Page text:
Retailing has experienced disruptive technology progress in recent decades – what might be called Walmartisation. This column explains how the entry of global retail chains may transform the retail sector and the supplying industries in the host economies. Focusing on the Romanian case, it shows that a 10% increase in the number of foreign chains’ outlets is associated with a 2.4% to 2.6% increase in the productivity in the supplying industries.
The ‘neutral’ rate is the real interest that is consistent with stable inflation and narrow output gaps. This column discusses the various estimation techniques and presents estimates for a range of Latin American nations. No methodology is fully correct: central banks must still make a subjective judgement, but econometrics can significantly help to inform it.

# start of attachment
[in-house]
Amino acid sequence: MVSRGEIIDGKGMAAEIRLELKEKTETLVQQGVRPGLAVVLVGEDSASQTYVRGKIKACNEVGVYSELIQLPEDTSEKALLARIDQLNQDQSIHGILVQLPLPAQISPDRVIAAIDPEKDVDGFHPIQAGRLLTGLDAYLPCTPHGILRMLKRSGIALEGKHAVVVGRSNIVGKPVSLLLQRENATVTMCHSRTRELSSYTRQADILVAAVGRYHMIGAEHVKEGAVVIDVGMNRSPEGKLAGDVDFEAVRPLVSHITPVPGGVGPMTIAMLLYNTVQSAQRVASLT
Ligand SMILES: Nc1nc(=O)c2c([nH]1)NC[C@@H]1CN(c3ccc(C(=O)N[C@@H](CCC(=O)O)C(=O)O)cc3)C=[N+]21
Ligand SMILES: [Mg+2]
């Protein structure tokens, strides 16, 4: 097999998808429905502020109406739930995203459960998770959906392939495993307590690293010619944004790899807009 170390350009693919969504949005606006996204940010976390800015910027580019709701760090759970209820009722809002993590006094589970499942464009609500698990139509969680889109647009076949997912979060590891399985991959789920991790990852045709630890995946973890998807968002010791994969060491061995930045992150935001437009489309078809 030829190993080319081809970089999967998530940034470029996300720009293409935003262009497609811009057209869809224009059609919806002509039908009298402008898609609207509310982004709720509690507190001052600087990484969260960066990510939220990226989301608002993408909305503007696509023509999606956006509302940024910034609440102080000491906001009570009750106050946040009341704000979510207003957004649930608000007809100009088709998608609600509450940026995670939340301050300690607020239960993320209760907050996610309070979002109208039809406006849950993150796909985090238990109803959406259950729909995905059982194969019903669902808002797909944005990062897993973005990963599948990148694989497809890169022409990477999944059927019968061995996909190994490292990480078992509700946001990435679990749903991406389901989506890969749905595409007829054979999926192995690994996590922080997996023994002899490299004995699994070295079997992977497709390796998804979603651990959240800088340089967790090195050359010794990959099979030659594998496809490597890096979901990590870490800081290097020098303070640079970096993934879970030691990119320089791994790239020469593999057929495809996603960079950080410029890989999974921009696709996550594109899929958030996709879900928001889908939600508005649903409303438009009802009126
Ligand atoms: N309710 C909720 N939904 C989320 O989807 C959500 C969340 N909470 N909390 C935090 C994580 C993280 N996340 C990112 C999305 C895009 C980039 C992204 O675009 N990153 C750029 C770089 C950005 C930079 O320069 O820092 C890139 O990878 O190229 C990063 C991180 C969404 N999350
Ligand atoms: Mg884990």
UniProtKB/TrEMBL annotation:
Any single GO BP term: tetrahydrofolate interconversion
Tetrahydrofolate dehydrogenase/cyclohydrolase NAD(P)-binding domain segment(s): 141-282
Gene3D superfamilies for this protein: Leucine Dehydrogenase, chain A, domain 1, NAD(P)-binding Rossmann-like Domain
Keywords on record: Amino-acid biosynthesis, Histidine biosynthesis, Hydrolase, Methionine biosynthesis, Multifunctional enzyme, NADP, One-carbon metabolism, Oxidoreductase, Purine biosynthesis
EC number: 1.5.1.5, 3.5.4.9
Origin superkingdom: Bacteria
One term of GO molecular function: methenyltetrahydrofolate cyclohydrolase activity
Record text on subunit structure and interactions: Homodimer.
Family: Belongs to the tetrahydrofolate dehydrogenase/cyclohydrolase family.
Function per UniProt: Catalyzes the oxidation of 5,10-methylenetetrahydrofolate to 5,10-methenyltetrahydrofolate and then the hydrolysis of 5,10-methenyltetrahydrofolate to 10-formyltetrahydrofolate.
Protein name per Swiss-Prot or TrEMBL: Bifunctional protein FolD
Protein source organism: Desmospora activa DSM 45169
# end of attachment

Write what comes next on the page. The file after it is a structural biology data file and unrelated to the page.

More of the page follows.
Advertising is expensive and thus raises the cost of goods, but it may encourage competition that keeps prices down. This column addresses the old question with data from a natural experiment brought about by tax harmonisation in Austria. It argues that on average advertising decreases consumer prices and estimates that if the 5% tax were abolished, consumer prices would decrease by about 0.25 percentage points.
Consumer surplus in any market equals the area between the demand curve and the industry marginal-revenue curve. This column argues this observation has powerful implications for understanding rent seeking and price controls. For example, a price control reduces consumer surplus in an otherwise-competitive market with convex demand whenever supply is more elastic than demand.
Risk-taking by banks played a critical role in the global crisis and Eurozone crisis. This column introduces a new eReport that focuses on four aspects of excessive risk-taking by banks, highlighting the causes and the cures. The eReport applies the best available theory and data, bringing together the main insights and views that have emerged from the crisis.
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Reichlin, Baldwin, 14 April 2013